Darley superstar Dubawi (Ire) will be the highest-priced advertised stallion in the world in 2022 when he serves his 16th book of mares at Dalham Hall Stud.
It will be his seventh season at his current fee of £250,000 (AU$460,000), and with a career-high tally of 38 stakes winners in 2021, including a recent treble of Breeders' Cup winners in Space Blues (Ire), Yibir (GB) and Modern Games (Ire), his progeny have never been hotter on the racetrack.
Frankel's (GB) fee at Juddmonte's Banstead Manor jumped from £175,000 (AU$325,000) to £200,000 (AU$371,000) in 2022, off the back of a 2021 where he has had 26 stakes winners, including eight at Group 1 level. That list includes Australian-bred pair Hungry Heart and Converge as well as the winners of both the Epsom and Irish Derbies. He is now the second most expensive sire in the world.
Spendthrift's Into Mischief (USA) is the highest-priced North American sire with his 2022 fee up to US$250,000 (AU$342,000), having backed up his brilliant 2020 with another 26 stakes winners in 2021, highlighted by multiple Grade 1 winner Gamine (USA) and G1 Breeders' Cup Dirt Mile winner Life Is Good (USA).
Kingman (GB), who stands at Banstead Manor alongside Frankel, is fourth on the price list at £150,000 (AU$276,000), a price he has stood at for the past three years. He has had 18 global stakes winners in 2021 highlighted by triple Group 1 winner Palace Pier (GB).
Legendary Gainesway stallion Tapit (USA) rounds out the top five globally at US$185,000 (AU$253,000), remaining at his 2021 fee. He stood at US$300,000 (AU$413,000) in his pomp, but is still a prolific producer of stakes winners, with 13 in 2021, including G1 Belmont S. winner Essential Quality (USA), who begins his own stallion career at Jonabell Farm in 2022 at US$75,000 (AU$104,000).
As a matter of comparison, in the 2021 season. I Am Invincible was the highest-priced Australian stallion at $200,000 (ex GST), with Snitzel, Fastnet Rock and Written Tycoon all at $150,000 (ex GST).
Australian prices are quoted without GST as a means of standardising as overseas stallions are not typically advertised with tax included.
|Dubawi||Dalham Hall Stud||Great Britain||$459,635|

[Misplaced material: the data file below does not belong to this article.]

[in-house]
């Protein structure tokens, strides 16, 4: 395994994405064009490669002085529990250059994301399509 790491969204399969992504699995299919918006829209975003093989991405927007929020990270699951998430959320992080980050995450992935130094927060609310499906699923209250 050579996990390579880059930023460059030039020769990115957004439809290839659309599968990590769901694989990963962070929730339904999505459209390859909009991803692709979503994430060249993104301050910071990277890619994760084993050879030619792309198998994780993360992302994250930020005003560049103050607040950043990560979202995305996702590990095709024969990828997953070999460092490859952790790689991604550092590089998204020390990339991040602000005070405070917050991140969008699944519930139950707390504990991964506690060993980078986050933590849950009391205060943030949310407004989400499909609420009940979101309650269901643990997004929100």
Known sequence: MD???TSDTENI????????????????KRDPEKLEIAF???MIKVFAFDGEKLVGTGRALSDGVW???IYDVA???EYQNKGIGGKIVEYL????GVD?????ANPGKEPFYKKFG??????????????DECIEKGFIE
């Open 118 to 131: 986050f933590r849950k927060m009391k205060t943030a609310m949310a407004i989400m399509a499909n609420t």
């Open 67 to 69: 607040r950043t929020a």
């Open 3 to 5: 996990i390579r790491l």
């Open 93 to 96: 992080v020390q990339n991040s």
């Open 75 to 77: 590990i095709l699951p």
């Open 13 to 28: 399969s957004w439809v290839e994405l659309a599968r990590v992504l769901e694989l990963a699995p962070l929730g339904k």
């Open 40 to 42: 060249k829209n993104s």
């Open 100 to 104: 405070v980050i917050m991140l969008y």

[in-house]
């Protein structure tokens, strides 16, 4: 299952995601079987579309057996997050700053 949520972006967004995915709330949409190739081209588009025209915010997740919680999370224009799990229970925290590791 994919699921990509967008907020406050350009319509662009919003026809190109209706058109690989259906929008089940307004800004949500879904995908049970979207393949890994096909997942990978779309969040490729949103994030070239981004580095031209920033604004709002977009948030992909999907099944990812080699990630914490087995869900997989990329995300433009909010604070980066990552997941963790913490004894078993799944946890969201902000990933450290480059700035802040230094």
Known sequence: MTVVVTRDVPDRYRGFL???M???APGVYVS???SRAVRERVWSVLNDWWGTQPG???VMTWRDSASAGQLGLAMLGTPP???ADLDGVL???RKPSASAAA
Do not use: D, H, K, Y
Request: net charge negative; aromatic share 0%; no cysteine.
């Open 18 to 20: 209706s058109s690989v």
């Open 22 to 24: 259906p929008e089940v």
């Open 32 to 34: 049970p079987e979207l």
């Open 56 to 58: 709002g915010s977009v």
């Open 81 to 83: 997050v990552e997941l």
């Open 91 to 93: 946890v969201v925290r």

|Frankel||Banstead Manor Stud||Great Britain||$367,708|
|Into Mischief||Spendthrift Farm||United States||$342,138|
|Kingman||Banstead Manor Stud||Great Britain||$275,781|
|Curlin||Hill 'N' Dale Farm||United States||$239,496|
|Sea The Stars||Gilltown Stud||Ireland||$233,812|
|Wootton Bassett||Coolmore Stud||Ireland||$233,812|
|Uncle Mo||Ashford Stud||United States||$218,968|
|Siyouni||Haras De Bonneval||France||$217,996|
|Quality Road||Lane's End||United States||$205,283|
Table: Highest global services fees in Australian dollars
Stallion fees by region
One method of judging the relative fees for stallions in various jurisdictions is by looking at the average and median price of stallions in each jurisdiction.
For the sake of this article, Ireland and Europe have been grouped together as they operate in euro. We did not assess Japanese stallions, as the article's intention is to look at comparisons between Australasia with the United States, Great Britain and Europe/Ireland.
In the United States, the average service fee across those ranked top 10 on price is AU$196,000, with a median price of around AU$188,000.
In Great Britain, across the top 10 stallions, the average price is AU$159,000 and the median is AU$83,000, while average is almost identical in Ireland and Europe (AU$159,000) but with a much higher median of AU$154,000.
In Australia, the average price (ex-GST) of the top 10 stallions on service fee is AU$127,000, while the median is AU$130,000.
Top 10 service fees by average
The money spinners
Comparing prizemoney across various jurisdictions can be fraught, but as things stand, Into Mischief (USA) is the top earning active stallion across the above jurisdictions in 2021 on global progeny earnings of around AU$31.6 million.
Dubawi is second on that list. Allowing for various currency conversions, his progeny have earned AU$26.6 million, while Ghostzapper (USA), Make Believe (GB) (through the deeds of his Saudi Cup-winning son Mishriff (USA) and Frankel have all earned in the AU$20 million range, along with the Australian stallion with the highest earnings so far this calendar year, Snitzel.
I Am Invincible's 2021 progeny earnings stand sat just over AU$18.5 million, just ahead of Waikato Stud powerhouse Savabeel, who had AU$17.7 million and Widden Stud's Nicconi with AU$17.6 million.
Outside the jurisdictions mentioned, and as a means of comparison, of the Japanese stallions, the late Deep Impact (Jpn) leads the world in 2021 with progeny earnings in the vicinity of AU$83 million, while Lord Kanaloa (Jpn) is the leading active stallion with around AU$45.6 million.
While Dubawi has been the leading global producer of stakes winners in 2021, with 38, Into Mischief is the leading winner-getter with 237 ahead of Lord Kanaloa on 232 while I Am Invincible has 202.
In the ring
With the major yearling sales mostly completed on either side of the world, we can assess which are the most commercially successful stallions among those jurisdiction's mentioned above.